Casinos looking for extra values from network video surveillance

Casinos looking for extra values from network video surveillance

Editor / Provider: Michelle Chu, a&s International | Updated: 5/26/2014 | Article type: Hot Topics

The mindset of casino operators toward new technologies is generally more conservative, compared to other market sectors. Casinos are reluctant to risk adopting new surveillance technology until its reliability is proven, due to the costs involved in shutting down VIP tables or alienatingwealthy players during retrofiting. “Almost all are migrating to hybrid or pure IP. New ‘greenfield' installs might be pure IP but most are expansions or retrofits, and those favor hybrids,” explained Mike Scirica, President of WavestoreUSA.

“Casinos are more likely to make new investments at high budgetary figures; however, slow to update existing systems — they generally try and maximize their investment over long periods of time and update as necessary. Casinos look for systems that can be upgraded and modernized over time rather than invest in a system that will become insufficient for their security requirements and have to be replaced [if this information is known at the time of purchase],” according to Kim Loy, VP of Global Marketing and Chief Product Officer, DVTel. But, just like other sectors, none of the casino operators want to fall behind either, even though the latest security technology is very expensive.

“It is easier to promote IP-based surveillance in Western and Northern Europe, as these are two of the markets that started to go for IP-based products in the very beginning. They want to be able to record high resolution pictures, and easily distinguish the color of the chips; therefore, they are very willing to adopt new technology such as 60fps, etc. in their casinos,” explained Tom Li, Technical Support Manager of Europe at Hikvision Digital Technology.

It does not matter if it is a retrofit project looking for upgrades and migration to IP-based, or a newly-built casino considering adopting full-IP surveillance, all the casinos' operators want to make sure that other than high-resolution images, the investment in network video surveillance can bring them extra values. As a matter of fact, there are some new security technologies, such as video analytics and video-centric integrated systems that are about to be used by some current casinos, along with the adoption of network video surveillance.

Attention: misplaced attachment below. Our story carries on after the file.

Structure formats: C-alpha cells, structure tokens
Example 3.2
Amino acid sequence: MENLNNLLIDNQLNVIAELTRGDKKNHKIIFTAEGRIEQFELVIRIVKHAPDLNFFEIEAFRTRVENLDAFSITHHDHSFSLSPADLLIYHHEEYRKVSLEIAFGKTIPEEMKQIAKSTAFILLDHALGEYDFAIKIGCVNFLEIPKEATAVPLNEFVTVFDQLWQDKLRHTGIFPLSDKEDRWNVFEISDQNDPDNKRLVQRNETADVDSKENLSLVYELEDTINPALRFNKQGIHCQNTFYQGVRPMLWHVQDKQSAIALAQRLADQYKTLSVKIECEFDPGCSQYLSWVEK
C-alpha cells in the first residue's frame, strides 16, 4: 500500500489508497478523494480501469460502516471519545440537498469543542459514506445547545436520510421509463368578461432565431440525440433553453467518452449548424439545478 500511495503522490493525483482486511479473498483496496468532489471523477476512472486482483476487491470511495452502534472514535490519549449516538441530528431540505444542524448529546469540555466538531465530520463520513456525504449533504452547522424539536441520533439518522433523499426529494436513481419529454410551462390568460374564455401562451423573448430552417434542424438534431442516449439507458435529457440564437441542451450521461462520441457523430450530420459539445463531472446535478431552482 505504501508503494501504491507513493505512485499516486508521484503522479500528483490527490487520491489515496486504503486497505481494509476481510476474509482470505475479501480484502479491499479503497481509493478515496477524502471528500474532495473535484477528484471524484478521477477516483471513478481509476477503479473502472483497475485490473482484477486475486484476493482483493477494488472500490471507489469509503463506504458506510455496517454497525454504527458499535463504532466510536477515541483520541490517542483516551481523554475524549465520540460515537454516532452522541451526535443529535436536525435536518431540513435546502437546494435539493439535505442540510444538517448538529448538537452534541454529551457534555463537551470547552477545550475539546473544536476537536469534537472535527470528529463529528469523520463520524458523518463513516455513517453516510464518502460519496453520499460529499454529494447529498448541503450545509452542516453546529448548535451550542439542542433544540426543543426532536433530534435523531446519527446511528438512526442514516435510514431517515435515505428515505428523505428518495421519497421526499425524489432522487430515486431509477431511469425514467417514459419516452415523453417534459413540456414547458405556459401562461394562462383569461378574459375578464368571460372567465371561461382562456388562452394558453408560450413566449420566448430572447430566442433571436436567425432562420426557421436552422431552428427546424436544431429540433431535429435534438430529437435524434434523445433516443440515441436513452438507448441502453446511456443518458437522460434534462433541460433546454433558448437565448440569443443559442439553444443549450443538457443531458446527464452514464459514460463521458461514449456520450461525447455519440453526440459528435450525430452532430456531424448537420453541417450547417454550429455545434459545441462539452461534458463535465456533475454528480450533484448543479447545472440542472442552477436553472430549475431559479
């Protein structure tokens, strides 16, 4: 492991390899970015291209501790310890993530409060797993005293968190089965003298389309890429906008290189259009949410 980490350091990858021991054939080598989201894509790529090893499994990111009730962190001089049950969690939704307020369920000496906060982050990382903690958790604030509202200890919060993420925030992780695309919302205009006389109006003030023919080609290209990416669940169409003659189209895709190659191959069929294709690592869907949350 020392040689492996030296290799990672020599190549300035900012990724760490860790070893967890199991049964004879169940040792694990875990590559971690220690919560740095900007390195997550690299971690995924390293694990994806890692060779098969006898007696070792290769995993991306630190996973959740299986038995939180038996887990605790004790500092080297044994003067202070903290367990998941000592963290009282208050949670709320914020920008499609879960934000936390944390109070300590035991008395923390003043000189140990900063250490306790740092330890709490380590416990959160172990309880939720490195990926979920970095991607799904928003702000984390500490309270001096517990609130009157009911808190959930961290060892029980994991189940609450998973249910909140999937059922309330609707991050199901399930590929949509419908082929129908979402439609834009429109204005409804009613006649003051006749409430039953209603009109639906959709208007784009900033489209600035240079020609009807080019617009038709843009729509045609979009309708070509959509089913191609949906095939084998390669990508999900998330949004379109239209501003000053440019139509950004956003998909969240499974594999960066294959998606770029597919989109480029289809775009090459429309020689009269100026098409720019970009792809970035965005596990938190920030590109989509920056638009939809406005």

Since high-resolution pictures are widely available now, casino operators have the option to adopt analytics software into their surveillance systems. “This could involve using license plate recognition to flag when high rollers have arrived at the casino, or point-of-sales analytics to monitor employees and card-monitoring technology to manage tables, dealers, and gamblers, which could greatly reinforce casinos' ability to manage the business,” suggested Joshua Phillips, Director of Marketing of Enterprise and Critical Infrastructure of Video Intelligence Solutions at Verint Systems. Similar to license plate recognition, analytics can be used to identify card values and suits with a high degree of accuracy, John Katnic, VP of Global Gaming at Synectics commented.

“A casino operator could use video todetermine pedestrian traffic patterns to see if a particular bank of slot machines were getting played or if there was any pedestrian traffic actually stopping to look at the machines and then move on,” said Scott A. Bartlett, CEO of Southwest Surveillance Systems. “In a customer service role, the operator could use video to detect lines for a cage to ensure the line did not get too long, once the line reached a certain number of patrons, it could trigger an alarm and alert the cage manager to add another cashier.”

Operators in the casino industry are often looking for an efficient way to single out flagged recordings from hundreds or thousands of cameras, because certain kinds of crimes cannot be spotted by human eyes, but can through data analysis.